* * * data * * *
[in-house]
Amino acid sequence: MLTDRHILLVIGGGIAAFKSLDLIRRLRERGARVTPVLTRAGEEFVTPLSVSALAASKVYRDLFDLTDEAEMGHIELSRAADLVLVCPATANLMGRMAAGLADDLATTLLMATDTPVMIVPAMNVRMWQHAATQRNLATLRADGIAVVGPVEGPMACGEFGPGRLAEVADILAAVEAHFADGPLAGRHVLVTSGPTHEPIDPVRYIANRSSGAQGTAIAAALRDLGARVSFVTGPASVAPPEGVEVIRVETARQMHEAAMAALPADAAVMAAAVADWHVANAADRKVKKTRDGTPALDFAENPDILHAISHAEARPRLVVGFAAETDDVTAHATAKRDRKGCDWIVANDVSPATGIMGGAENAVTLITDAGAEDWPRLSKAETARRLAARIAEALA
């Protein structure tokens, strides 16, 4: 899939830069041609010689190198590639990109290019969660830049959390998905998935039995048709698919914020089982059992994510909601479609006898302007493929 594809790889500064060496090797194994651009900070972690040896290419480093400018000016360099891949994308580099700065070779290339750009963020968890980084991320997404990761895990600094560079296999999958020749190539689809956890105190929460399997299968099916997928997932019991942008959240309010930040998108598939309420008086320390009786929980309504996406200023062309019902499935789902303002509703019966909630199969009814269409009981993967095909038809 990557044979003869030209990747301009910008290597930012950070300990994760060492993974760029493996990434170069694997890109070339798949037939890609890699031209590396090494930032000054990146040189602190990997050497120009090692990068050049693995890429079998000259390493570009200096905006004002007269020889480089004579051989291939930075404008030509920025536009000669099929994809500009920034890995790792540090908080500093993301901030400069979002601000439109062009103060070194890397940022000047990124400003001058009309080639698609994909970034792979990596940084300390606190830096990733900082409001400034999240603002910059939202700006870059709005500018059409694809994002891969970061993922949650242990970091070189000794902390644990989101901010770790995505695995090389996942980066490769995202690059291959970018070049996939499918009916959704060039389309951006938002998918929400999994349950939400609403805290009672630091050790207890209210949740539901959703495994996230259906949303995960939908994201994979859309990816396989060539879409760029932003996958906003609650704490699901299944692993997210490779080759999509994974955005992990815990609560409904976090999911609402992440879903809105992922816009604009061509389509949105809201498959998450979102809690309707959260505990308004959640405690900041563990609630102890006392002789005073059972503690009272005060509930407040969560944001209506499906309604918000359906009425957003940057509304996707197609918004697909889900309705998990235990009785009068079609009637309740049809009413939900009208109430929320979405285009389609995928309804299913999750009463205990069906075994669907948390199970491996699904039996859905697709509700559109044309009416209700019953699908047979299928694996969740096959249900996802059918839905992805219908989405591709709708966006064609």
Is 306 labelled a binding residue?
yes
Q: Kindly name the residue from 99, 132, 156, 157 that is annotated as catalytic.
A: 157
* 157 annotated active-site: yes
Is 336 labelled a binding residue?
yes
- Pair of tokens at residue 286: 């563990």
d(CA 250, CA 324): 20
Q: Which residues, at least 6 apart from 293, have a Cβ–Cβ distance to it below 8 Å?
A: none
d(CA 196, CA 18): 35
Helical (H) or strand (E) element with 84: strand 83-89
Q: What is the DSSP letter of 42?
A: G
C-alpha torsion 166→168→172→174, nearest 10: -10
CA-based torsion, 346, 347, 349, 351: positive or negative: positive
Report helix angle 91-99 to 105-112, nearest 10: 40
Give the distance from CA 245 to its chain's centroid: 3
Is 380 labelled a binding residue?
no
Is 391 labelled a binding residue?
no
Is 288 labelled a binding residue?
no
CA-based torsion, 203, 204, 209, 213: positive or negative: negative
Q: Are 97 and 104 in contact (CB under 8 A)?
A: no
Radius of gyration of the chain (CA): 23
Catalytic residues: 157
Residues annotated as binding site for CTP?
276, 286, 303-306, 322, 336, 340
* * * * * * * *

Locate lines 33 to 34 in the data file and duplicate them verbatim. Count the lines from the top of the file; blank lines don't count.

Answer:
Catalytic residues: 157
Residues annotated as binding site for CTP?